Today, most real estate owners in Seattle choose to maintain homeowners insurance coverage. This important type of protection helps supply a safety net against many types of unexpected events causing damage to a residence, or harm to people on the property. It usually pays to shop carefully for this type of insurance.
Homeowners Insurance Protections Vary by State
The specific items covered by a homeowners insurance policy will differ sometimes based upon the company offering the policy, the location, and the level of coverage selected. Since states vary widely in the items lawmakers may require builders to install in residential properties, policy holders in some locations obtain more comprehensive protections.(1) In general, most homeowners insurance policies cover at least four basic categories(2) of damage:
- Residential interiors;
- Residential exteriors;
- Liability protection for accidents occurring on the property;
- Coverage for theft or vandalism-related property damage.
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Interior and Exterior Property Damage
Homeowners insurance differs from mortgage insurance, although many homeowners pay both types of insurance along with monthly, quarterly, or annual mortgage payments. Mortgage insurance essentially protects a lender against a purchaser’s default.
By contrast, homeowners insurance helps compensate homeowners when unexpected calamities damage their property interests in the residence itself. For instance, if lightning strikes the home, homeowners insurance may help the homeowner pay for the cost of repairing roof damage.
It also covers repairing or replacing flooring impacted by leaking water. Most homeowners insurance policies maintain a claim limit of $100,000 per incident. (In some states, some companies do permit customers to purchase higher levels of insurance coverage.)
Liability And Theft Protections
One important item typically covered by homeowners insurance relates to a homeowner’s interest in protecting people who sustain injuries while visiting the property.
For example, if a tile slips from the roof and strikes a person delivering pizza to the residence, the property owner may face liability for the accident. A homeowners insurance policy usually offers some level of liability coverage protection in this type of situation.
Similarly, if a thief breaks into the home by battering down a door, a homeowners insurance policy will usually help the homeowner pay for replacing the damaged door and door lock.
Some policies will even cover intentional third party damage to the homeowner’s automobiles parked on the property.
Many homeowners insurance companies allow customers to purchase additional policy coverage riders to insure valued items of personal property on the premises against accidental damage or intentional thefts.
Read Your Homeowners Insurance Policy Carefully
In general, homeowners benefit by consulting about the provisions of their homeowners insurance policy with their insurance agent. The terms of individual policies sometimes vary significantly.
One policy might offer low premiums but include a hefty deductible. Another might cover one particular type of loss, such as damage to a roof caused by a toppling tree, but might exclude other types of casualties, such as wind damage to trees on the property during storms.
Homeowners sometimes discover they obtain more comprehensive protections by purchasing additional specified types of insurance coverage.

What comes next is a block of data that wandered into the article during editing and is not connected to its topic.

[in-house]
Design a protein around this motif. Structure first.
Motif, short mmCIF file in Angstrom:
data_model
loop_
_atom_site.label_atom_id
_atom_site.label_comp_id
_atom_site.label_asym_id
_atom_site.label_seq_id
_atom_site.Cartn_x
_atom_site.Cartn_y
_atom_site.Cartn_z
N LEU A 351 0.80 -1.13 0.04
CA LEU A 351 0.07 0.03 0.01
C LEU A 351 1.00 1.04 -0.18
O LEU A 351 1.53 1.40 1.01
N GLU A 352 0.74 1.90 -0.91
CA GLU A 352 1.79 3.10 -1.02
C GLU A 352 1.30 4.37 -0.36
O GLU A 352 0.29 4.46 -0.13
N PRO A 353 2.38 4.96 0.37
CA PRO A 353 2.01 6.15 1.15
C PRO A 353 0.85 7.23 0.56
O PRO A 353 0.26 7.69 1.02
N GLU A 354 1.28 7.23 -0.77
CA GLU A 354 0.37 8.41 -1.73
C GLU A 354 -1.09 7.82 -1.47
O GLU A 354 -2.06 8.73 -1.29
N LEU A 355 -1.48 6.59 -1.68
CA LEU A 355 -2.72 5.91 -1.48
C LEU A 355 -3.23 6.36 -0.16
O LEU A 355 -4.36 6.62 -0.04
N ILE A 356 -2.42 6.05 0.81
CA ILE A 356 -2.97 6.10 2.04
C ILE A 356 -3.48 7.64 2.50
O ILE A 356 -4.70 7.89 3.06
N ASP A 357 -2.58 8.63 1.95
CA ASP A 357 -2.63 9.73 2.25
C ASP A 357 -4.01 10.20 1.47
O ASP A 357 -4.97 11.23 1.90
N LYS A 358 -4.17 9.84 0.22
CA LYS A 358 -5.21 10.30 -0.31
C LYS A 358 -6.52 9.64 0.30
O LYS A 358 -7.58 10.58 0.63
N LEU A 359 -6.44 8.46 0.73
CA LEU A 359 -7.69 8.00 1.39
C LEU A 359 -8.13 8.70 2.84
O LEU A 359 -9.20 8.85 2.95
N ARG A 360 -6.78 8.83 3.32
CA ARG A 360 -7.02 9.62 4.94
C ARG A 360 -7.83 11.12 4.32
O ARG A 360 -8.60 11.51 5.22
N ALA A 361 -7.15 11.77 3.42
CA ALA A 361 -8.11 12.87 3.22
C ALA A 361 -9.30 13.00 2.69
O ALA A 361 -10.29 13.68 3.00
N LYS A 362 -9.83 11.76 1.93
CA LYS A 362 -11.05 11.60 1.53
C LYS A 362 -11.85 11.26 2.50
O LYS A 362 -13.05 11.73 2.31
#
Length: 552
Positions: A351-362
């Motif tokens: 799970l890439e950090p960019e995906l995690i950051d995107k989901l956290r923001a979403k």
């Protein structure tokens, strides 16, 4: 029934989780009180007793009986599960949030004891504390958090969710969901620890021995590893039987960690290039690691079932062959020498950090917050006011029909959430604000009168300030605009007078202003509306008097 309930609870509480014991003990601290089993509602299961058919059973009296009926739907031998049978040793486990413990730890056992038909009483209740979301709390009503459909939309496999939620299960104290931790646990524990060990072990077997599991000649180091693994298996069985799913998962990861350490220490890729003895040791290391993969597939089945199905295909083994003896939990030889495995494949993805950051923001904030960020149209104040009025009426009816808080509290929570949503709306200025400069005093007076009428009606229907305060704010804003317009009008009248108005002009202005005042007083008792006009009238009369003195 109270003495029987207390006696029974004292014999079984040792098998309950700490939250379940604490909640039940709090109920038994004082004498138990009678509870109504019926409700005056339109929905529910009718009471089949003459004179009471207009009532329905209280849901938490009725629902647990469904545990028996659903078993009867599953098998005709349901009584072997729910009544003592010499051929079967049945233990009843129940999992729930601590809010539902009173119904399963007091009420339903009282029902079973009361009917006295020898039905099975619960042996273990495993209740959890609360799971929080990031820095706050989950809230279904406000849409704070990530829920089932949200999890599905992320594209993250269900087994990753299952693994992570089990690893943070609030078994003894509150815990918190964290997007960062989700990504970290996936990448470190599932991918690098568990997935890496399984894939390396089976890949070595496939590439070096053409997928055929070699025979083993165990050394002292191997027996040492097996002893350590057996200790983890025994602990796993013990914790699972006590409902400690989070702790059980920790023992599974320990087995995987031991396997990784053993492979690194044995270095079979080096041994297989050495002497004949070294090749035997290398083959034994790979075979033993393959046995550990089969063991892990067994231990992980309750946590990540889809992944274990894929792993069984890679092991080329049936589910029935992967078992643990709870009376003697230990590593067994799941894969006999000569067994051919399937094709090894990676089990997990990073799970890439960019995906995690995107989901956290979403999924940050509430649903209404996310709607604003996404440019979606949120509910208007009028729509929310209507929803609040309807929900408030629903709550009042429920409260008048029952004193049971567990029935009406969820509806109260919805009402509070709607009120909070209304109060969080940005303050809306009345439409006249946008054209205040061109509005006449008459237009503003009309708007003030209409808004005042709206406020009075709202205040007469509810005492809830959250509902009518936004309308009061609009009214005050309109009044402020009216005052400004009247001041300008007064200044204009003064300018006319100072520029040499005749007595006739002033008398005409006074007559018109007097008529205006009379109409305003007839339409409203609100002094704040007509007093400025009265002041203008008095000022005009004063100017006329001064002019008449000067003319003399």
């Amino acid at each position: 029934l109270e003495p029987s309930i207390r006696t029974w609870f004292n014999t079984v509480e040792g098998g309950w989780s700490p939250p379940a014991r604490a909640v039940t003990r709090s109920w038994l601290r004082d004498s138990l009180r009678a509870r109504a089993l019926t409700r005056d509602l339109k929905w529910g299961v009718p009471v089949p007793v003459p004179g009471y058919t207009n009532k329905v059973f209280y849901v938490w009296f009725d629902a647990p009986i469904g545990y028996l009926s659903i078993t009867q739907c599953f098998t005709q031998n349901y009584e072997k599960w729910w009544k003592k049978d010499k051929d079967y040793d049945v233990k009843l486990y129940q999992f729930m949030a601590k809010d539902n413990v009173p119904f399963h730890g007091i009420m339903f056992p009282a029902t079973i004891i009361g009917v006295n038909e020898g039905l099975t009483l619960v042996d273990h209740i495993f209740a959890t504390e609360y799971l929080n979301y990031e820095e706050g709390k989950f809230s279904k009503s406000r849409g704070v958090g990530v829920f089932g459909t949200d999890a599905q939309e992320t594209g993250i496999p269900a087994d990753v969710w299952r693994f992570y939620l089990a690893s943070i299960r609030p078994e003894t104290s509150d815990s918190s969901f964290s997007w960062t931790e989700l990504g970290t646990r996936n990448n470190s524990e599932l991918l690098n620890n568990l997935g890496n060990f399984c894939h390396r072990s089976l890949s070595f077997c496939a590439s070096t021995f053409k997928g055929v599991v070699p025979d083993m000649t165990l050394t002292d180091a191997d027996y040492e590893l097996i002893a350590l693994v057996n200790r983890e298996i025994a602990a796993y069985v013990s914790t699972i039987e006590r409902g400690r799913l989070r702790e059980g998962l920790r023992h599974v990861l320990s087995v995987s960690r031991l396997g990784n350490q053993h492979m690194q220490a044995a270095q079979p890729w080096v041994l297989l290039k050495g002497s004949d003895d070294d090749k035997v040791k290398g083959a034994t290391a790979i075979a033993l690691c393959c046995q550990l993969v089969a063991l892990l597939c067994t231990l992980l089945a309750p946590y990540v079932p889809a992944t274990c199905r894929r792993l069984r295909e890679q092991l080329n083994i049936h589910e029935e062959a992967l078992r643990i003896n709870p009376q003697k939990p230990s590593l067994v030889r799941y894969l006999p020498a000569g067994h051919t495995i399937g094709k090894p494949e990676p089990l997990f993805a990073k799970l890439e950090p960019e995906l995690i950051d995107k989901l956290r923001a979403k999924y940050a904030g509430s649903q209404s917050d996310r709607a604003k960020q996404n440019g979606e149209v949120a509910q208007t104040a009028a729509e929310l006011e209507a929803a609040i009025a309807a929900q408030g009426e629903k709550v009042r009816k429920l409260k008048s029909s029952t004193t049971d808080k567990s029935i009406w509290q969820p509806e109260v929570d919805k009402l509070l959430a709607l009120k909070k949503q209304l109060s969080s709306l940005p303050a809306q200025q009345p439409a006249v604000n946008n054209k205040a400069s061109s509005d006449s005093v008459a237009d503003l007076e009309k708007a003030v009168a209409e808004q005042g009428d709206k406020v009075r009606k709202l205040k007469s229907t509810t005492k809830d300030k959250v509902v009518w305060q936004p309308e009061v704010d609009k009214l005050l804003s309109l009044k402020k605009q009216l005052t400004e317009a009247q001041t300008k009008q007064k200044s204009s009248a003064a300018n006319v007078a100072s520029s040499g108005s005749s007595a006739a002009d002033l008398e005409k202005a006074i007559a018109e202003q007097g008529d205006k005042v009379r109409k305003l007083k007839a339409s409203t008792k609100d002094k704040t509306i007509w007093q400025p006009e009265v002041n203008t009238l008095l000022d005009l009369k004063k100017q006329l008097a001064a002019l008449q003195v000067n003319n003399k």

Additionally, consider that most homeowners insurance policies do exclude two broad categories of damage: Acts of War and Acts of God.(3)
The classification of a calamity within either of these designations may prevent an insured from obtaining coverage protection when disaster strikes.
For instance, if an invading army burns down the house (an Act of War) or an earthquake topples the garage (an Act of God), homeowners may not succeed in receiving compensation from their insurance company for their loss.
The Process of Filing a Homeowners Insurance Claim
After a homeowner discovers accidental damage to the property (or to visitors on the property), the insured typically files a claim by contacting the insurance company.
In many situations, the insurance firm will assign a property adjuster to investigate the underlying fact situation. This process might involve an insurance investigator or adjuster visiting the premises and photographing the damage.
When an insurance company approves a claim, the firm pays the insured property owner an amount determined by the terms of the policy.
An insured receives this payment less the cost of the deductible. In some cases, the insurer will also specify property mitigation requirements. (For example, insurance policies for commercial realty sometimes require a property owner to obtain water remediation or fire remediation services in order to receive full compensation.
Conceivably, in some states, insurance companies may include clauses requiring homeowners to obtain these remediation services, too.)
Research Homeowners Insurance Carefully
It usually proves prudent for homeowners to discuss their policy provisions in detail with their insurance agent before making a purchasing decision.
By shopping carefully for coverage, you’ll often locate the best available policy provisions for your circumstances. Individual homeowners insurance needs vary, so evaluating the most significant property risks in your location with your agent in light of your unique needs usually makes financial sense.
Helpful Resources to Continue Research:
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About the Author
Jessica Kane is a professional blogger who writes for , the favorite and trusted scaffold supplier of the largest contractors.
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